To deny that assergiveness can be equated with a political position is
not to deny that those who hold the political position may not also have
the personal characteristic. Indeed they are apt to. It's the reduction
of the politics to mere assertiveness by a woman (Thatcher, Catherine I,
the wife of Edward II) that I objected to. The last named did not become
a feminist by joining with her lover in killing her husband the kind
with a heated iron rod up his rear.
Surely you would not want to consider Mrs. Norris in _Mansfield Park_ a
(Incidentally, I consider Mrs. Norris one of the most powerful
characters in English literature. Iago is a mean boy scout in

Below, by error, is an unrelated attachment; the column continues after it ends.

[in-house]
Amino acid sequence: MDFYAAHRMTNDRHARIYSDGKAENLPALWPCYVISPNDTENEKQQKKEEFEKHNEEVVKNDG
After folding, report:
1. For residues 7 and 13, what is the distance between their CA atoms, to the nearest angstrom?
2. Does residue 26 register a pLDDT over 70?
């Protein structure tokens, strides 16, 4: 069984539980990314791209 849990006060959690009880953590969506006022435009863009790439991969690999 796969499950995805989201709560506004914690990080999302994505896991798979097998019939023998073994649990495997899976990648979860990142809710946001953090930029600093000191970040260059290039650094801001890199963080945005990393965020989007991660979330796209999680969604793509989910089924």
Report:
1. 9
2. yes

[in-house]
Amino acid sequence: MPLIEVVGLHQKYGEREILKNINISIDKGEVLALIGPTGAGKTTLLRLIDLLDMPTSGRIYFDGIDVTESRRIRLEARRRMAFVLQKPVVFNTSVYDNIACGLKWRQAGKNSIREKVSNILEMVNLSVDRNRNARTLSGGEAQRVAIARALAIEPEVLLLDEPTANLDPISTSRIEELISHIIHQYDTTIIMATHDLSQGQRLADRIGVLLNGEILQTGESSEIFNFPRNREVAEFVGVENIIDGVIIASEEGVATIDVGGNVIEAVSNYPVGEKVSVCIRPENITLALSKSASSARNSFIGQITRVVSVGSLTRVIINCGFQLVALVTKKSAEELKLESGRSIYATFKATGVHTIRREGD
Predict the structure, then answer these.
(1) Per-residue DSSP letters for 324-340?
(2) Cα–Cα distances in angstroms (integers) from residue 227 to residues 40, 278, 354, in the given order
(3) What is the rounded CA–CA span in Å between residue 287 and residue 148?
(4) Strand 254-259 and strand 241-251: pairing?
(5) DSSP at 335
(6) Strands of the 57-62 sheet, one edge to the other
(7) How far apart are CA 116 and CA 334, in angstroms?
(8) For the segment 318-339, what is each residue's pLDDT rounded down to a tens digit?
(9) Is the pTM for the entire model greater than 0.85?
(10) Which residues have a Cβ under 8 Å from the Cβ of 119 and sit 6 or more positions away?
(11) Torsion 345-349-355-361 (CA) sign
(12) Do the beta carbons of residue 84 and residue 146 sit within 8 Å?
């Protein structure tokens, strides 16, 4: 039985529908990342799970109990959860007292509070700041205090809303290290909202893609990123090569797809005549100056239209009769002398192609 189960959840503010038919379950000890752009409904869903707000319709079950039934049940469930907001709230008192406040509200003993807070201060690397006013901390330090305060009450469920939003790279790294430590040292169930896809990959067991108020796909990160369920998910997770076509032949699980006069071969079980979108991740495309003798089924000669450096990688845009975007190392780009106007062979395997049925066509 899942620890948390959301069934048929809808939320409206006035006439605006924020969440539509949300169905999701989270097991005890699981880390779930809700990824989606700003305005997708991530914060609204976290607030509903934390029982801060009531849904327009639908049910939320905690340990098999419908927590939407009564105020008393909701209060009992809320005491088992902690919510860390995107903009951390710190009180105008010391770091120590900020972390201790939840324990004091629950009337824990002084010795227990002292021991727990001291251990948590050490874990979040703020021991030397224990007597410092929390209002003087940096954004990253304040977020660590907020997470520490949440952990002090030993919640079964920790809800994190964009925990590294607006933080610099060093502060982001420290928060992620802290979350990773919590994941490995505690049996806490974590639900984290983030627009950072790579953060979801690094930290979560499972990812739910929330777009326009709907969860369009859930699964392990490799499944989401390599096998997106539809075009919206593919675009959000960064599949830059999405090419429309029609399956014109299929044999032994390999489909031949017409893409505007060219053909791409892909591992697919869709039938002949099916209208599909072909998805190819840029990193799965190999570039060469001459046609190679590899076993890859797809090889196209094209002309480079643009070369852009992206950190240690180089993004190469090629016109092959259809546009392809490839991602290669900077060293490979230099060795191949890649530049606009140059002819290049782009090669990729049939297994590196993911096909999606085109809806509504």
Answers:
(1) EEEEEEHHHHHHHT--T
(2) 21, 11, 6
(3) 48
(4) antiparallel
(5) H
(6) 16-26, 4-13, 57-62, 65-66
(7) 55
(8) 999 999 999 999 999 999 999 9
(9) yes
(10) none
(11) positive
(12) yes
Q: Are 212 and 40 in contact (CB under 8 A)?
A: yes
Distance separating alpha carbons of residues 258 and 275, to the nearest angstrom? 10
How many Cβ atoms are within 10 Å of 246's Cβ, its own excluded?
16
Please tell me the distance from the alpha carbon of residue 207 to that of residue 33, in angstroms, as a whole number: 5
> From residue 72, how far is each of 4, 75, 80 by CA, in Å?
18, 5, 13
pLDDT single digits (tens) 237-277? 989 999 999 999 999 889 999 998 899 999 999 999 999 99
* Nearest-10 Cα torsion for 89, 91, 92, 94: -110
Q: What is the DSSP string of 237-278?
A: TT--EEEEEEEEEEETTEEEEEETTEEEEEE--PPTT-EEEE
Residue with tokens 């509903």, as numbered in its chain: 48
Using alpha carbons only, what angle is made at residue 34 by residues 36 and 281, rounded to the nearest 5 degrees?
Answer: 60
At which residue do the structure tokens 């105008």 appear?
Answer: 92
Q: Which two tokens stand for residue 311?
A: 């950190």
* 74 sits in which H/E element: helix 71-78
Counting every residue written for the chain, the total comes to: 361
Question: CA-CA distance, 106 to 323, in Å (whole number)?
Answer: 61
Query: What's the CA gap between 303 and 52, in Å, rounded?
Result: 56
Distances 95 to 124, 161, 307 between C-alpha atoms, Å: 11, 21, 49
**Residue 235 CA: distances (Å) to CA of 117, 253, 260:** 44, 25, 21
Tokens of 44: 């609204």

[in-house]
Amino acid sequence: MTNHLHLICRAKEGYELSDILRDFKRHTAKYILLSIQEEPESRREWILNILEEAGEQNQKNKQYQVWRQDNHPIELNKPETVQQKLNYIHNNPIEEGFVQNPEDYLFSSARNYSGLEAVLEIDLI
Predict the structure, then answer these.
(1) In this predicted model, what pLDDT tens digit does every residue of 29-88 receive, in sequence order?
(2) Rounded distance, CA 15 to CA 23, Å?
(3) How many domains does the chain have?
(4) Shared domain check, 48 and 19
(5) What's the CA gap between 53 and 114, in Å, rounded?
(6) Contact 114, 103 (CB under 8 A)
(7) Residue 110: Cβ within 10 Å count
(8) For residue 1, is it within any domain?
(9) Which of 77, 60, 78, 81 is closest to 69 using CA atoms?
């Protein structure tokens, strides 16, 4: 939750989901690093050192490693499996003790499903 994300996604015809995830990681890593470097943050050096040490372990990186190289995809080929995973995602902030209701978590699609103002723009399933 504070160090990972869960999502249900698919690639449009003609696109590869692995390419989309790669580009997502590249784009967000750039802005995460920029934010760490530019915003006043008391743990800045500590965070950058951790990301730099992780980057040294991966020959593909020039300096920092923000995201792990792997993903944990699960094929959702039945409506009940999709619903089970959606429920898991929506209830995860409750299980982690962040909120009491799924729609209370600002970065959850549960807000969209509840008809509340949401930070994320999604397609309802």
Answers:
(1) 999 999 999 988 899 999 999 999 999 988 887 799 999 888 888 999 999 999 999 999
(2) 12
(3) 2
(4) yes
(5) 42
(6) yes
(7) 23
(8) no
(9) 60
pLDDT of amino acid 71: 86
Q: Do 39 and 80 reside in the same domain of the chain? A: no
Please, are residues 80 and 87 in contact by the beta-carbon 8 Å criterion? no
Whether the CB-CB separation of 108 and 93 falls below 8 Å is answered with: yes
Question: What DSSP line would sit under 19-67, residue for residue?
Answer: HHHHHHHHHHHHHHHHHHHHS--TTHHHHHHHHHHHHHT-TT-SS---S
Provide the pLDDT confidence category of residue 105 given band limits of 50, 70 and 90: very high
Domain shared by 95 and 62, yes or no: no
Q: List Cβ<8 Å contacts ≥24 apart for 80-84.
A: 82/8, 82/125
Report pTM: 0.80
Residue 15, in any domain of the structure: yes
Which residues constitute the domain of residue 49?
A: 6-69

Marcia Karp wrote:
> Carrol Cox wrote:
> > It is absurd to
> > equate personal "assertiveness" etc. to a political position. Feminism
> > is nothing if it is not among other things a political position.
> Dear Carrol,
> "Nothing if not among other things" does not rule out the personal, does
> it? It was a feminist credo, during the late-20th-century wave, that the
> personal is political. Personal assertiveness was, absurdly or not to you,
> a part of that feminism.